3. You Are What You Love: The Spiritual Power of Habit, by James K. A. Smith.
  4. A Peculiar Glory: How the Christian Scriptures Reveal Their Complete Truthfulness, by John Piper.
  5. Making Sense of God: An Invitation to the Skeptical, by Timothy Keller.
  6. Devoted to God: Blueprints for Sanctification, by Sinclair B. Ferguson.
  7. Marriage and the Mystery of the Gospel, by Ray C. Ortlund.
  8. God the Son Incarnate: The Doctrine of Christ, by Stephen J. Wellum.
  9. Impossible People: Christian Courage and the Struggle for the Soul of Civilization, by Os Guinness.
  10. Unparalleled: How Christianity’s Uniqueness Makes It Compelling, by Jared C. Wilson.

“Come, Thou Word” – A Christmas Hymn

The following lyrics of “Come, Thou Word” were composed to the tune of “Come, Thou Fount of Every Blessing.”

“Come, Thou Word”
December 20-21, 2016

Verse 1
Come, Thou Word, which with the Father
and the Spirit ever dwelled
And hath taken flesh to save us
from our sin and death and hell.
We behold Thee in Thy manger,
Fully God and fully man,
Myst’ry of the ages former,
Now revealed in Bethlehem.

Verse 2
Come, Thou King, whose birth the angel
Sang to shepherds in the night.
‘Round them came a host of heaven,
‘Round them shone a holy light.
“See I bring good news of great joy,
So no longer be afraid:
Christ the Lord, the promised Savior,
Unto you is born this day.”

Verse 3
Come, Thou Son, whose arms shall carry
Those fast-bound in chains of sin.
‘Mid this exile, ruined sinners
Shall be raised to life again.
He was born for our redemption,
O’er the manger loomed the Tree.
There in David’s little city
Lay the one who set us free.

“See This Child”–An Advent Poem for 2016

“See This Child”
December 6, 2016

See this child for whom all things
Are made and by whom held.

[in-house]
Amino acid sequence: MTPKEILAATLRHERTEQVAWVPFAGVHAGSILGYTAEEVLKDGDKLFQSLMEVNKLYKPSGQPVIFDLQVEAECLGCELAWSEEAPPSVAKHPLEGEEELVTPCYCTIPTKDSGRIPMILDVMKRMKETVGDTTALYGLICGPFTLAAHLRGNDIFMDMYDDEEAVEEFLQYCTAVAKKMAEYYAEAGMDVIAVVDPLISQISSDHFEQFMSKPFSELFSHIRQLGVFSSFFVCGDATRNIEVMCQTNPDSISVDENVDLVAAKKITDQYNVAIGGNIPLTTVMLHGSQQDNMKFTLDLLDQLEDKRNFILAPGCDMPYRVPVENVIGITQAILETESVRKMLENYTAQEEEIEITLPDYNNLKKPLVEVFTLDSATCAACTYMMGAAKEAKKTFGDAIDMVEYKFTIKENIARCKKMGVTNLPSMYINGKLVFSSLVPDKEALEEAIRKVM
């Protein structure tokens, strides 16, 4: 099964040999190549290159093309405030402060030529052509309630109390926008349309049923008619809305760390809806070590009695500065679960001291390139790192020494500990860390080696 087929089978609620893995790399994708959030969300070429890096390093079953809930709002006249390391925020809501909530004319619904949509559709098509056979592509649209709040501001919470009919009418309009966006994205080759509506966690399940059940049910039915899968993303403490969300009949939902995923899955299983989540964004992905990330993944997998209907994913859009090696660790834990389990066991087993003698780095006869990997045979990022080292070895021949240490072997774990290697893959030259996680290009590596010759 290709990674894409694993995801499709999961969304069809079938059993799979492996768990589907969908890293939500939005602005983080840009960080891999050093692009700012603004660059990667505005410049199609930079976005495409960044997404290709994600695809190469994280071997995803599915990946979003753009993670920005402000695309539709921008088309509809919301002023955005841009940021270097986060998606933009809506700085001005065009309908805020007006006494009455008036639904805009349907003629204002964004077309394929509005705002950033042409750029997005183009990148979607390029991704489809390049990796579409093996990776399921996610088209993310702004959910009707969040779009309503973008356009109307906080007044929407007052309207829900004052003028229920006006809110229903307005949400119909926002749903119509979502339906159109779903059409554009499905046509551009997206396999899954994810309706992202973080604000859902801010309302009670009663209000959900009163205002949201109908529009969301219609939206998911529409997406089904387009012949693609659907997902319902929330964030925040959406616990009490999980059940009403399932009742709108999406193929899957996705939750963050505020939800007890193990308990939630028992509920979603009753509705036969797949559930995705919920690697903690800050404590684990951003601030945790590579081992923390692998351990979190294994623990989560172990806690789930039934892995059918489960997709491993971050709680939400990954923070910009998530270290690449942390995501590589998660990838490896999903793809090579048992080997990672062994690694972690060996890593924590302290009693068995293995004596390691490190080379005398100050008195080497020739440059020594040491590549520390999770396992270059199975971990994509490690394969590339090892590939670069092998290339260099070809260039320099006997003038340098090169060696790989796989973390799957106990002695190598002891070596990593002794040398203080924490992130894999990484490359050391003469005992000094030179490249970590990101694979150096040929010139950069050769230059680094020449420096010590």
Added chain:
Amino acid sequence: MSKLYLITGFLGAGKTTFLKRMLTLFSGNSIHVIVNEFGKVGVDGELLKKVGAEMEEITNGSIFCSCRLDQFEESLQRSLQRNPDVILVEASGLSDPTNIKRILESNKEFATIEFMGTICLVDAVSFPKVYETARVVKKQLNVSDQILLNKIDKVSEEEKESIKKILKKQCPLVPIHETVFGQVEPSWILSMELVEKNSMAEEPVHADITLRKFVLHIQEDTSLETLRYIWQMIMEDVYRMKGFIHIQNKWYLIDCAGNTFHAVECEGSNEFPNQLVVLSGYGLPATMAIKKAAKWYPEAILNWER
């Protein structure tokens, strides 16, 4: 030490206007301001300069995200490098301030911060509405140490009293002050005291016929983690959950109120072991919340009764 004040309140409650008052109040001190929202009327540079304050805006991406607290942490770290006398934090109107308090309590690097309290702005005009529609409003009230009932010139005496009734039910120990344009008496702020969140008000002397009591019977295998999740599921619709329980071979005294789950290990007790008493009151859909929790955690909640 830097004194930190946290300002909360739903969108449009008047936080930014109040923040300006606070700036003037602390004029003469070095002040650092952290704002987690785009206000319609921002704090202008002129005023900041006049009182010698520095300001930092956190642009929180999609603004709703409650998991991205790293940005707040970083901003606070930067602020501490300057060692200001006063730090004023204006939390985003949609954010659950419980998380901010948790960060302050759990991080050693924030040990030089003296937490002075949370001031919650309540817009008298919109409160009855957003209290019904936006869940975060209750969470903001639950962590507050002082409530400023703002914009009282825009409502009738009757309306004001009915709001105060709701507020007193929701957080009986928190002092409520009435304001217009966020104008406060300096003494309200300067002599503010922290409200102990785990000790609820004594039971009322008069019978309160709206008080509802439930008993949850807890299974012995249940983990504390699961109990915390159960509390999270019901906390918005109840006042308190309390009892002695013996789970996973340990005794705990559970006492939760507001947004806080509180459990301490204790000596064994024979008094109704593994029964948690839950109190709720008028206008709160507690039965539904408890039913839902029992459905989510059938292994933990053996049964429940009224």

This mighty one, begotten Son,
Has come with men to dwell.

See this child with undefiled
Nature now asleep.
This righteous one, beloved Son,
Will scorn and murder reap.

See this child with tiny hands,
Who cries and must be fed.
This lowly one, a virgin’s Son,
Is everlasting bread.

See this child with infant smile
Whom heavenly host proclaim.
This worthy one, the royal Son,
Shall be for sinners slain.

See this child in swaddling cloths
And in a manger laid.
This gentle one, the promised Son,
Has come to kill the grave.

A Cluster of Christological Affirmations in 1 Thessalonians 1:10

Written sometime around A.D. 50 or 51, 1 Thessalonians may be the earliest of Paul’s letters (with the possible exception of Galatians), and it’s always interesting to see what someone’s theology (or, in this case, christology) consists of early on.

Paul writes, “For they themselves report concerning us the kind of reception we had among you, and how you turned to God from idols to serve the living and true God, and to wait for his Son from heaven, whom he raised from the dead, Jesus who delivers us from the wrath to come” (1 Thess. 1:9-10).

My interest is specifically verse 10, which is in bold. What kind of truths are present there, either explicitly or implicitly, about Jesus?

  1. Jesus died (“from the dead”). The very word “dead” is present.
  2. Jesus rose (“whom he raised from the dead”). Bodily resurrection ended his death.
  3. Jesus ascended (“from heaven”). At some point between his bodily resurrection and his current location in heaven, there was an ascension to get him there.
  4. Jesus remains in heaven (“from heaven”). After his ascension, Jesus has not dwelt elsewhere. The God-Man remains in heaven.
  5. Jesus will return (“to wait for his Son from heaven”). He will return from where he presently dwells. This refers to his Second Coming, which is the bodily return of the bodily risen and bodily ascended Jesus.

#’s 1, 2, and 5 are explicit in the verse, and #’s 3 and 4 are implicit. Paul affirms–all in one verse–the death, resurrection, ascension, session, and return of the Lord Jesus Christ.